The Leaf

A red-gold leaf floats to the ground, and there
I pick it up, hold it gently,
flat in my palm, a mirror of my own hands,
points like fingers, lines and veins, delicate and strong,

lines that cast the story of the journeys we
make, to the precipice and back and, for some, to hell,
where we may stay a while, take up residence in our suffering,
until we either persevere or perish.

In these lines, on this path, these hands stroke children’s faces, twirl golden strands
between fingers, touch cheeks at night, through tears;
in the dark, these hands, solemn and life-giving,
belong to my mother.

These hands clumsily fiddle with a lighter, shaky and desperate,
light the cigarette, flip this way and that, dangle the stick of burning tobacco–
with an air of confidence, and yet those lines betray longing for one more tomorrow–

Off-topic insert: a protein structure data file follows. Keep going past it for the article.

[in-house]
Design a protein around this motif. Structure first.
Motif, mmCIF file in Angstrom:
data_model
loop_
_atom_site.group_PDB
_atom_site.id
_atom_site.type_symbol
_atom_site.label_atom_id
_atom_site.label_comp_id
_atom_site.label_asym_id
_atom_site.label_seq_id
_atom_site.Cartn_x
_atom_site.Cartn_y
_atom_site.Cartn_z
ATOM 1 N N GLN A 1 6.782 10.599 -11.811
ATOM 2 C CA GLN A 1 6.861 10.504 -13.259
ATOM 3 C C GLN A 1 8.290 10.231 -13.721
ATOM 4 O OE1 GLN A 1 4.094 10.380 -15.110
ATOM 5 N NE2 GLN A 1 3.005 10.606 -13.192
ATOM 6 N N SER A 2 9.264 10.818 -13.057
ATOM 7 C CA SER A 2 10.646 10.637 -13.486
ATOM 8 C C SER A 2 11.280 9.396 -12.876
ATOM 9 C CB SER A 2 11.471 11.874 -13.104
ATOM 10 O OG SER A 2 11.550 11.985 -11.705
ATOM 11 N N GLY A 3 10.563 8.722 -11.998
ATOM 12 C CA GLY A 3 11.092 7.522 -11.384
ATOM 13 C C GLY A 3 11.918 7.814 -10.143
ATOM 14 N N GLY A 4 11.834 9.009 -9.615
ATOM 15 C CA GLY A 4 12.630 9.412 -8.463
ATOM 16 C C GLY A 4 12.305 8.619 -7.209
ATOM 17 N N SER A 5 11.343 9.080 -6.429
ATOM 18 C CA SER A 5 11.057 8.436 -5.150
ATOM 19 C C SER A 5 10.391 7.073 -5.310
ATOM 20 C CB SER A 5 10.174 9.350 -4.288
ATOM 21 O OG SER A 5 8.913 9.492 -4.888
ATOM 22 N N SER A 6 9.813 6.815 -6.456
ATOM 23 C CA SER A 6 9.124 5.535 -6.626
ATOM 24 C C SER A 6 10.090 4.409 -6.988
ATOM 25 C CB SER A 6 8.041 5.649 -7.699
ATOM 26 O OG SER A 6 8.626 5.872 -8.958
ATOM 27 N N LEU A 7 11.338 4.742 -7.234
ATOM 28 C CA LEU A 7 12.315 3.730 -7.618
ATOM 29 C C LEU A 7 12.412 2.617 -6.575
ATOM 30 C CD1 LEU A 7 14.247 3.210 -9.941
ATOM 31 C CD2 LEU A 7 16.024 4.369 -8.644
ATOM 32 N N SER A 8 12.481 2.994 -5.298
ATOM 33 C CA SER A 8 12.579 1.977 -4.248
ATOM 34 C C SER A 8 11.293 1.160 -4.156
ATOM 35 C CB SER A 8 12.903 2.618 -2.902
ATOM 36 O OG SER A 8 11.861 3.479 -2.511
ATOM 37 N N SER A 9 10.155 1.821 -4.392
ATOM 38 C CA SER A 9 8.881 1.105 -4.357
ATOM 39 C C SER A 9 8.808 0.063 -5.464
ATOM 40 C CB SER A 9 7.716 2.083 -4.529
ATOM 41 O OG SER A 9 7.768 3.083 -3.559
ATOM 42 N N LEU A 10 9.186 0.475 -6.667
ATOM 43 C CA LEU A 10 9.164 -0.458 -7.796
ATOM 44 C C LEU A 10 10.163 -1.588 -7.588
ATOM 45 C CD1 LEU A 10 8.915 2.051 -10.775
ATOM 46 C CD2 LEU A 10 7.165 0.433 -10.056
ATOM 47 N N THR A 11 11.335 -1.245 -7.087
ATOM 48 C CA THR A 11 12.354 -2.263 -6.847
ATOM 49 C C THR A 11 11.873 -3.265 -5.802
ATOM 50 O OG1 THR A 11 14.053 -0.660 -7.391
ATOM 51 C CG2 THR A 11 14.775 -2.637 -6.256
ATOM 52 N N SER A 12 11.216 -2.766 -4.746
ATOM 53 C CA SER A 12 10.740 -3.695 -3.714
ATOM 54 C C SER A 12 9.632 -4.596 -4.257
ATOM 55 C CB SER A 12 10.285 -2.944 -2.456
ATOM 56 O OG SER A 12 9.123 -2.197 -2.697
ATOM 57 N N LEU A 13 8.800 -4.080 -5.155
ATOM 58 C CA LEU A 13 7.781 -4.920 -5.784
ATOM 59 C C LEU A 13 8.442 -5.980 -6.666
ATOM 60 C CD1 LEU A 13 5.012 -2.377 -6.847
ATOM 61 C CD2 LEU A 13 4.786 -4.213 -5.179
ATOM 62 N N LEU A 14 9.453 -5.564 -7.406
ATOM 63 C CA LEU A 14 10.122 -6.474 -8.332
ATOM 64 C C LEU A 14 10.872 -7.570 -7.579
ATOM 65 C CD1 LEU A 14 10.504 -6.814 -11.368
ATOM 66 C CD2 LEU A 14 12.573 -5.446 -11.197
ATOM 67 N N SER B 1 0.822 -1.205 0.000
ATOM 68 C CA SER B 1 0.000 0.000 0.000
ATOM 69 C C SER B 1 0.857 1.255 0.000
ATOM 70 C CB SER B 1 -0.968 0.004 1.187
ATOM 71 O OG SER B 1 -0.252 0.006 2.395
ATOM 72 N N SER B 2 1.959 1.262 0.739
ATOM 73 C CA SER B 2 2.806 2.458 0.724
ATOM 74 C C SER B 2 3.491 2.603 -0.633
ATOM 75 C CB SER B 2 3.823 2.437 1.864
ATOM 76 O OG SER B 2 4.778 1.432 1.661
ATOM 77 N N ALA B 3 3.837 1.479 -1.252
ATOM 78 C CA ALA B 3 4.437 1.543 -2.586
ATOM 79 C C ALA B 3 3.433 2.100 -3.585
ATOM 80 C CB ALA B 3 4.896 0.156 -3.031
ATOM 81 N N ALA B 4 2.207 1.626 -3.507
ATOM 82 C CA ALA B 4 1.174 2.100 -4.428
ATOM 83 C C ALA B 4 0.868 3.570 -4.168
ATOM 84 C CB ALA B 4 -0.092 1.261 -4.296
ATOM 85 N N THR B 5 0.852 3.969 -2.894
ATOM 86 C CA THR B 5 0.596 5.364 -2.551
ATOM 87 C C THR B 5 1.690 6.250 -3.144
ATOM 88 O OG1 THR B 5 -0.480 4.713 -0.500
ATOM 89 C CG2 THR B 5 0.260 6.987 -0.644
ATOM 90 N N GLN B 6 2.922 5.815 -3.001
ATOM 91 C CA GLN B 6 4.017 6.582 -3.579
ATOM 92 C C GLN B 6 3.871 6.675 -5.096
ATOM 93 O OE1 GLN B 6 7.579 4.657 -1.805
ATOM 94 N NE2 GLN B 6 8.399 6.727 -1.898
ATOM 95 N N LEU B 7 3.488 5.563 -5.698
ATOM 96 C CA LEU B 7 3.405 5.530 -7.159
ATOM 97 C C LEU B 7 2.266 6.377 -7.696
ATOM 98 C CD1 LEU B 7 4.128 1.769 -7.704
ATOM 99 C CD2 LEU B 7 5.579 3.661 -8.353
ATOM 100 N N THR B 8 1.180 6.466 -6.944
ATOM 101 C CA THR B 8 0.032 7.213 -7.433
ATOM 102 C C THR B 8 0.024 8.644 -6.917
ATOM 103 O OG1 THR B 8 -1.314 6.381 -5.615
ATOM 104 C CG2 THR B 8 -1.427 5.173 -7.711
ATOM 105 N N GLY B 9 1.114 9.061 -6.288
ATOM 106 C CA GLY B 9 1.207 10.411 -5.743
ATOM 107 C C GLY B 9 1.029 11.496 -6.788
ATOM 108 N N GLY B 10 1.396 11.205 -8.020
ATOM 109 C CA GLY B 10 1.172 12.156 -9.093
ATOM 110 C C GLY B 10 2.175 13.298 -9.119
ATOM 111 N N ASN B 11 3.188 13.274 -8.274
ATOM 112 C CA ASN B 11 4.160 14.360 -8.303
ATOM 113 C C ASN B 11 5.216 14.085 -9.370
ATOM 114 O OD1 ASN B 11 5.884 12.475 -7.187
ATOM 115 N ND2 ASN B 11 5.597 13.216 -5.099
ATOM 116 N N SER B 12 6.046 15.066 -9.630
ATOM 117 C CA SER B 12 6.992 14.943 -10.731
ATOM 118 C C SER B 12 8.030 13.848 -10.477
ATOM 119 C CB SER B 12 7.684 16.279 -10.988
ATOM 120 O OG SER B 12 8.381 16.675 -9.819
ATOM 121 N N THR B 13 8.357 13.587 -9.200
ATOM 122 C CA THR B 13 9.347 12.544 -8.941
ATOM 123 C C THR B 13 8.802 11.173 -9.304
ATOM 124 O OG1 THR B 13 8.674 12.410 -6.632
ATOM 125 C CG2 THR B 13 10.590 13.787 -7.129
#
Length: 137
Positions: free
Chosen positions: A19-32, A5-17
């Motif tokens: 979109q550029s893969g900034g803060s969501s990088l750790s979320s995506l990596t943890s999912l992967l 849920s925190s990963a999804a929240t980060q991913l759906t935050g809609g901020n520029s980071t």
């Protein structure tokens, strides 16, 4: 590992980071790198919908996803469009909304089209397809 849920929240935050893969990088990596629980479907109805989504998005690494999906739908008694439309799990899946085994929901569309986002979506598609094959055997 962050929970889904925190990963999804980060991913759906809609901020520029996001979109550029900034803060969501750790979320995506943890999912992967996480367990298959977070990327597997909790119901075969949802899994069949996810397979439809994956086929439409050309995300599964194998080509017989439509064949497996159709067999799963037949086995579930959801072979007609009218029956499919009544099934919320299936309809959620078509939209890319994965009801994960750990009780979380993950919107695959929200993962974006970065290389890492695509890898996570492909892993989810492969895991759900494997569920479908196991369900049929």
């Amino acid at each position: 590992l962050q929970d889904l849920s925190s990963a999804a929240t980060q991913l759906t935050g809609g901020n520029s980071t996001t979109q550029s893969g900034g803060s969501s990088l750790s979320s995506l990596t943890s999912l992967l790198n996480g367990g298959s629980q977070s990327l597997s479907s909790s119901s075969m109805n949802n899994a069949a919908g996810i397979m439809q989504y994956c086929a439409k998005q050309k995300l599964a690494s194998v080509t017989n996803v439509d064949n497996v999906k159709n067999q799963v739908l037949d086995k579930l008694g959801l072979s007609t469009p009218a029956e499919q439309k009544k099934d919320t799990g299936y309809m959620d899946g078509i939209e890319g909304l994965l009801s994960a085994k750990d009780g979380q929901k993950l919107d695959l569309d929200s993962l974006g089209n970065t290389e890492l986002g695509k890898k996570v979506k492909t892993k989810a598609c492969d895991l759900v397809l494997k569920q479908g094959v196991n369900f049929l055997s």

as ashes fall, unnoticed, to the ground.

Crackling against my skin like the rough and delicate fabric of the leaf, this path for once
becomes a burden, a stifling presence that keeps me from the joys of red-gold leaves on autumn days.
And so, with the hands we share, I crumble the leaf, release it to the wind, a weight–
long-held–removed, a crumbly, red-gold burden of the soul.

A leaf floats to the ground, and there I pick it up, and there my life begins.

© SpiritLed 2013